In my role as an independent advisor to industry users of high performance computing, I recently helped to coordinate a private gathering of leading industry users of HPC – no HPC centers, or vendors, just the users of HPC in industry meeting as peers. One key topic we discussed was things that might significantly change how industry deploys and uses high performance computing, what I refer to as “HPC disruptors.”
The upcoming battle between AMD’s “Rome” server CPU and Intel’s “Ice Lake” Xeon scalable processor promises to be an interesting matchup. But this time around, AMD could have an advantage it has never had before.
The competition between the US, China, and Japan to field the first exascale supercomputer looks a lot closer than it did a couple of years ago. But the real significance of the narrowing schedules reflects a shift in technology preferences and a trend toward domestic control of HPC hardware.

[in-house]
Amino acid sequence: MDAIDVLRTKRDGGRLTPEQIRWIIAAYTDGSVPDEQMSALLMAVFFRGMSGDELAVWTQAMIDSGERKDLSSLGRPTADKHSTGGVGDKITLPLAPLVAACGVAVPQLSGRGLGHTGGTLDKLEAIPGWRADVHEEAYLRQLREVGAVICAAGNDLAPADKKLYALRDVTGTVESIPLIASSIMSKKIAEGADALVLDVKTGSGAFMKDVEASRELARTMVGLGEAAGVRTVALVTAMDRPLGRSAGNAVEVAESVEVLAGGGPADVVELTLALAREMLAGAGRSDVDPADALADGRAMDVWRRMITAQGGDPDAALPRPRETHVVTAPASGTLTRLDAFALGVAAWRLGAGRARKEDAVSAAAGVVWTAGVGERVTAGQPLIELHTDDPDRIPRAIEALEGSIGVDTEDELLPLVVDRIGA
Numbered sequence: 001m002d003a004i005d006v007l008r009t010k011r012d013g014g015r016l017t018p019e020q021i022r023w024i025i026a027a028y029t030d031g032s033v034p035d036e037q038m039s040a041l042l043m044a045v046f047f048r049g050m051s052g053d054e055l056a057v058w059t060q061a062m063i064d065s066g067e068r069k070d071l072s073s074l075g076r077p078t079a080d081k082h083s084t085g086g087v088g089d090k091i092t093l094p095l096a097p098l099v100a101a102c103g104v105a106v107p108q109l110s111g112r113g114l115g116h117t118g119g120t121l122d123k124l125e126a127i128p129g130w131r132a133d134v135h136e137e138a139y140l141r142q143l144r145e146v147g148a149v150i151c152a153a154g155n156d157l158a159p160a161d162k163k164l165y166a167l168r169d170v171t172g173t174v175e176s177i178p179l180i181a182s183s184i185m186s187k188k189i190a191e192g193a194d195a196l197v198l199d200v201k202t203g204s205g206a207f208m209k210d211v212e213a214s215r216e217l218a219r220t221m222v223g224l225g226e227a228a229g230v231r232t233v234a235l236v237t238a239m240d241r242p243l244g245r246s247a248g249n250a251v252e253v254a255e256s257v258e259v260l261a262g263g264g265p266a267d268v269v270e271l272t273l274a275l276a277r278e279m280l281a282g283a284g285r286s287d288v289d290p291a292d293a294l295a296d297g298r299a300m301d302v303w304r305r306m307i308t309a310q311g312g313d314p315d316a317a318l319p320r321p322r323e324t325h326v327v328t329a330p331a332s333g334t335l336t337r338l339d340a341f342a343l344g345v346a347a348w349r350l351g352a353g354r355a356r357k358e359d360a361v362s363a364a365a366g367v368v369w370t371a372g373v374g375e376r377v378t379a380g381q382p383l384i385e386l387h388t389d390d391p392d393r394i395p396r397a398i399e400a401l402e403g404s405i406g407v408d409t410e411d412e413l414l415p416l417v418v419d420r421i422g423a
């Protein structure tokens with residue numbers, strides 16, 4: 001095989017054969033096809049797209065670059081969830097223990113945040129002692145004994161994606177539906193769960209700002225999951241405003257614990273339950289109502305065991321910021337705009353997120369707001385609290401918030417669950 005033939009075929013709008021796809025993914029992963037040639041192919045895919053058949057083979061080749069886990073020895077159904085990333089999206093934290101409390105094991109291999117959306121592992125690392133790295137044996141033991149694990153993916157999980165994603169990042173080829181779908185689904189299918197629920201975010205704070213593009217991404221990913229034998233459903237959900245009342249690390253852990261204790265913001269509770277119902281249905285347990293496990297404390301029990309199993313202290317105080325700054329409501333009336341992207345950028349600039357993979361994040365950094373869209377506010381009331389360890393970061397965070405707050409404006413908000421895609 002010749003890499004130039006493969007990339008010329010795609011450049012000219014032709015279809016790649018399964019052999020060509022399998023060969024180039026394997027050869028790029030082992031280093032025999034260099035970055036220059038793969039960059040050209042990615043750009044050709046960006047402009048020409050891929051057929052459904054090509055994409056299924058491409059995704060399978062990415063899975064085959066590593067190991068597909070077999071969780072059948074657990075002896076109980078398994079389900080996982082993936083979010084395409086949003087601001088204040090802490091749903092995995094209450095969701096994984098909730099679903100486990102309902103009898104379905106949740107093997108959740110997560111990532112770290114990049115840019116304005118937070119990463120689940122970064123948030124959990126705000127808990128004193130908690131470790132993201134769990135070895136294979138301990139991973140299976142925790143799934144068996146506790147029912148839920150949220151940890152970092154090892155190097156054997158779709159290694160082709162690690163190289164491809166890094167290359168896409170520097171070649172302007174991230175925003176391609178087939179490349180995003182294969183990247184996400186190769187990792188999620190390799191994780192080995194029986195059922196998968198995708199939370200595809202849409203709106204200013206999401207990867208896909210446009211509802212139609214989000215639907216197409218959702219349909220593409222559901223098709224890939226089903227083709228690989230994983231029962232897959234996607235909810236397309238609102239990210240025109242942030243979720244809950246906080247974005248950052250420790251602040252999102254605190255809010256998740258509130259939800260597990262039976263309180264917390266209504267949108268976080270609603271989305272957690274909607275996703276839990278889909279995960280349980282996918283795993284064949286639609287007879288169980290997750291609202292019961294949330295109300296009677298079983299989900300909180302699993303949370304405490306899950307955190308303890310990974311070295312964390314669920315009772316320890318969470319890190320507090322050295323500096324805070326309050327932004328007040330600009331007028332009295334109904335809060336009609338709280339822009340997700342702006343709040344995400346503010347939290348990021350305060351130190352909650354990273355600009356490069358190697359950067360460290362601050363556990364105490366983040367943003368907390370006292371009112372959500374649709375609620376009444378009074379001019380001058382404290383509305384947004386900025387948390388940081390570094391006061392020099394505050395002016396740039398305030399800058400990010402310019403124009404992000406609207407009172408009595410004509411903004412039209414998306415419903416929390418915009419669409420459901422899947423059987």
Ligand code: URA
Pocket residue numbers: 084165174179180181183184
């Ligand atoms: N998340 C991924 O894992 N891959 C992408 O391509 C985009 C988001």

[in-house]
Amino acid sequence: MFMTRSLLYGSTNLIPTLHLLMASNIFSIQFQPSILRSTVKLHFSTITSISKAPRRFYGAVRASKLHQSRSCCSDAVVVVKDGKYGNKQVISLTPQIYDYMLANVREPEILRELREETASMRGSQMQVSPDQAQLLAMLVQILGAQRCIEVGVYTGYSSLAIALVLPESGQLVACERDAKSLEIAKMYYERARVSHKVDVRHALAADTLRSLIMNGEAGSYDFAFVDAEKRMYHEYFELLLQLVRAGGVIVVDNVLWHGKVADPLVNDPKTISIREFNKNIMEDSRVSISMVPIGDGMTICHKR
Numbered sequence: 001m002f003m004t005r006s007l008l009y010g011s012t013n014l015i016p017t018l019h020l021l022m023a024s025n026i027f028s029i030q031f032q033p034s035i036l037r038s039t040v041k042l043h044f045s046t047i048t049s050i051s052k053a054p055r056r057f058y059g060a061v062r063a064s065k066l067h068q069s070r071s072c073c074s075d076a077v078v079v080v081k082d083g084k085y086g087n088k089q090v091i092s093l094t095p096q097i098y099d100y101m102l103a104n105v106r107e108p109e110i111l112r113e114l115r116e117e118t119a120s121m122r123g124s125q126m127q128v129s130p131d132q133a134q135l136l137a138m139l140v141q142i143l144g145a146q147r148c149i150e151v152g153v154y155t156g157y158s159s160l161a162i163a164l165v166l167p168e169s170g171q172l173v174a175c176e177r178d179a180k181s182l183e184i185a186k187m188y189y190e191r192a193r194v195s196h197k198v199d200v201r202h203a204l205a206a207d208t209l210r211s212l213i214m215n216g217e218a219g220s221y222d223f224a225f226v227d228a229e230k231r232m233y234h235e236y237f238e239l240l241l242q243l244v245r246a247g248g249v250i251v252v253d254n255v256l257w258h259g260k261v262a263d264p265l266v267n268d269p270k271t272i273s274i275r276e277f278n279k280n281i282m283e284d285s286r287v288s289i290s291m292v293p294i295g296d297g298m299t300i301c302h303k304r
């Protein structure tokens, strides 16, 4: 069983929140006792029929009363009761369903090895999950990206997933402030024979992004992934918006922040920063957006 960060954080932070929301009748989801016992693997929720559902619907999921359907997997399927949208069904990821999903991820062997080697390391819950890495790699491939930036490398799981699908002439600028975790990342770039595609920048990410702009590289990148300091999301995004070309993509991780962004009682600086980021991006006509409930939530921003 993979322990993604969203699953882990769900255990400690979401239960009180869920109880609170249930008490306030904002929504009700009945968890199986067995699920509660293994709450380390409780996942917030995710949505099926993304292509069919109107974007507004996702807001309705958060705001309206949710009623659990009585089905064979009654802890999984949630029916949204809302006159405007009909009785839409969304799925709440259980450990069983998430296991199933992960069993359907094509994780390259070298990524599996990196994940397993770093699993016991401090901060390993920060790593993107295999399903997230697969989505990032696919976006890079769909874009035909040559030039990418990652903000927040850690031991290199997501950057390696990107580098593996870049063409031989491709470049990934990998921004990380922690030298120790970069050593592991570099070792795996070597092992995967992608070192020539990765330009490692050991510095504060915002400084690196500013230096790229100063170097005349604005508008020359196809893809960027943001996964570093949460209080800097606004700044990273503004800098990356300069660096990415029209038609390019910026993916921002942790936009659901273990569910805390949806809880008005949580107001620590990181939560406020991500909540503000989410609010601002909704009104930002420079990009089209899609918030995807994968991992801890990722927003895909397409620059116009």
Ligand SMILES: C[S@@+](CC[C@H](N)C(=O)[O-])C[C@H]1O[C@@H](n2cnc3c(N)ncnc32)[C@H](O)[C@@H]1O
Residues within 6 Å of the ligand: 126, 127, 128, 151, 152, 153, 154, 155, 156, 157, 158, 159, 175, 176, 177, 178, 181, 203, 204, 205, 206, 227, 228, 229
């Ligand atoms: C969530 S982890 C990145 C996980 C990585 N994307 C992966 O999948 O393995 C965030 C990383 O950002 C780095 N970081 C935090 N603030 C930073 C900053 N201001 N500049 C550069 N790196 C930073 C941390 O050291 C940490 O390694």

The European Processor Initiative (EPI), an ambitious program to develop a pair of chips for domestic supercomputers, is poised to change the way Europe does HPC. And although the work is still very much in its early stages, it looks like the Europeans have selected their preferred processor architectures: Arm and RISC-V.
Researchers at the Great Western 4 (GW4) Alliance have benchmarked the Cavium ThunderX2 processor that will soon power the Isambard supercomputer. But the most significant advantage of the Arm processor may have nothing to do with performance numbers.
The International Supercomputing Conference (ISC18) kicked off Monday in Frankfurt, Germany, with Maria Girone, CTO of CERN openlab delivering the opening keynote address. She explained how CERN’s needs will drive exascale computation and data science innovation in the future.
The TOP500 list is an intensely valuable tool for the HPC community, tracking aggregate trends over 25 years. However, a few observers have noted that recent publications of the TOP500 list have many duplicate entries, often at anonymous sites.